If there is one person out there who knows the rules of engagement for a new start up, it’s Reid Hoffman. He’s the co-founder of LinkedIn – the original business social media site that has become a part of our daily digital lives; which, incidentally, has also recently filed to go public. In addition, Reid is a partner at Greylock so he’s intimately familiar with both the entrepreneurial and venture rules of success. Recently, I was able to hear Reid speak to his rules for building companies and thought it would be great information to share: Continue reading “10 Entrepreneurship Rules You Must Know!”
The hype around “Silicon Valley – no longer the place to be!” seems to be everywhere in some form or another nowadays. Whether it’s in the news or some high profile former valley exec (who, by the way, probably loved the valley at some point because it helped them get mega-rich!), they are all touting the challenges associated with doing business not only in the valley but California too – and, in some cases, doing business in the USA in general! Fair argument… let’s see if we can break this down… Continue reading “Silicon Valley – Respect!”
In business, never underestimate the value of true first mover advantage. True first mover advantage reflects not the first actual mover, but the first mover to garner significant market share. In fact, the gains can be tremendous – become recognized as the leader in the space (whereas everyone else becomes the “me too”), get customers (and revenue) before any competitor can arrive on the scene, and reap great profits and possibly gain monopoly-like status. An entrepreneur’s (and the VC who backed the company) dream come true! Continue reading “I was here FIRST!”
I received a call from a friend the other day seeking some guidance. He’s newly unemployed and we were discussing his options. He said, “I’ve never really been in this position before… not sure if I should start something on my own or if I should go back and take up a new job?” In the midst of the conversation, my mind froze! There it was! The infamous grammatical conjunction that stops us in our proverbial tracks almost every time we use it. Can you guess which word I’m referring to? It’s the word, “OR”. Don’t get me wrong… the word ‘or’ can be critical at times when faced with the difficult decision of choosing between the lesser of two evils. For example, would you like to be audited by the IRS or spend a week with your mother-in-law? Depending on your circumstances… the IRS may not seem so bad! Continue reading “Conjunction Junction – What’s your function?”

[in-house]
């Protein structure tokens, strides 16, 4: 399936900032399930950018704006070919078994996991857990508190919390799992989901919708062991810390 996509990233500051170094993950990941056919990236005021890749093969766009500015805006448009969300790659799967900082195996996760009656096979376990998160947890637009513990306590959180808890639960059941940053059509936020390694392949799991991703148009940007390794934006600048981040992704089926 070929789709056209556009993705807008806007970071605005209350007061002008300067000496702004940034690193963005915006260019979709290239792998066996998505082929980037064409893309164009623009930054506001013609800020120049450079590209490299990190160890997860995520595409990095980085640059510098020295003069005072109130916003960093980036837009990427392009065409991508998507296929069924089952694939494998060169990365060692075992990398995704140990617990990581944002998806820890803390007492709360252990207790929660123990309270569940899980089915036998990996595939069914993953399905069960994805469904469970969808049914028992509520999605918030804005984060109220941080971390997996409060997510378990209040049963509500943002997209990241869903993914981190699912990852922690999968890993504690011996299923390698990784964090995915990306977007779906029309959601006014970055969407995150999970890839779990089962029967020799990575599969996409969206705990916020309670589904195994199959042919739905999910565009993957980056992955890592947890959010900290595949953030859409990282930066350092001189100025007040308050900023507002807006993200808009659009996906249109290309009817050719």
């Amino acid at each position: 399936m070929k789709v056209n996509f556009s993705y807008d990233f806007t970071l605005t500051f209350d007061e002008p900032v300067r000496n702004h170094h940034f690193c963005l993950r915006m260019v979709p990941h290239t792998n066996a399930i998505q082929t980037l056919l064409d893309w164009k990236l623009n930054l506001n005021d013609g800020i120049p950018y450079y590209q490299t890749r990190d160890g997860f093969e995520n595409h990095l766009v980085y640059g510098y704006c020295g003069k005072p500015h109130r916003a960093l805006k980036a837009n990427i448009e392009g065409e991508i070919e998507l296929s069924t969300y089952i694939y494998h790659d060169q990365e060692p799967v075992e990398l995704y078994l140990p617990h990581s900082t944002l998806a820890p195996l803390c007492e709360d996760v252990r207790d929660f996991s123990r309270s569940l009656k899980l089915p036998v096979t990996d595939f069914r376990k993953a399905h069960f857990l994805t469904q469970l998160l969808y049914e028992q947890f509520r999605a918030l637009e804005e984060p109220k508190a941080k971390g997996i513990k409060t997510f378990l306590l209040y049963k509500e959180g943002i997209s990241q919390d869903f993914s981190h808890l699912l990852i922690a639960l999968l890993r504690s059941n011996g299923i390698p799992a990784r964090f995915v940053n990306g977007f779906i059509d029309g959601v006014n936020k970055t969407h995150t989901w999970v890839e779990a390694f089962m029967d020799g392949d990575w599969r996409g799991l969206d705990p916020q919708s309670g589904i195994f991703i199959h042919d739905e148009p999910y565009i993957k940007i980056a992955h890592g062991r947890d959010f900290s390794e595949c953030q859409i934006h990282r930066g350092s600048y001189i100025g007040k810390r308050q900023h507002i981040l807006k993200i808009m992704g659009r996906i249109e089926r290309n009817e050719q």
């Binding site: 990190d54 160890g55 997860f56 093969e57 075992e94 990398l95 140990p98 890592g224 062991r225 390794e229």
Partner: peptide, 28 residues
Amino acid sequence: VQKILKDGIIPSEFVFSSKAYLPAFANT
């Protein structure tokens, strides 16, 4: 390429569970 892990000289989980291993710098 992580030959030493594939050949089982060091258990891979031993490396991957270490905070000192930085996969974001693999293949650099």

It absolutely goes without say that today’s business environment is ultra-competitive. Over time, brick-and-mortar evolved to click-and-mortar which essentially leveled the competitive playing field. Today, your new competitors may not only be located around the corner or in the next town over, but half the way around the world! In fact, technology advancements have created the new “self-serve” business models whereby customers no longer need to interact with an employee to seek out what they are looking for. For example, do you need a customer service rep to help you open a new account on Facebook or Twitter… or hundreds of other companies online? Continue reading “Employees First, Customers Second”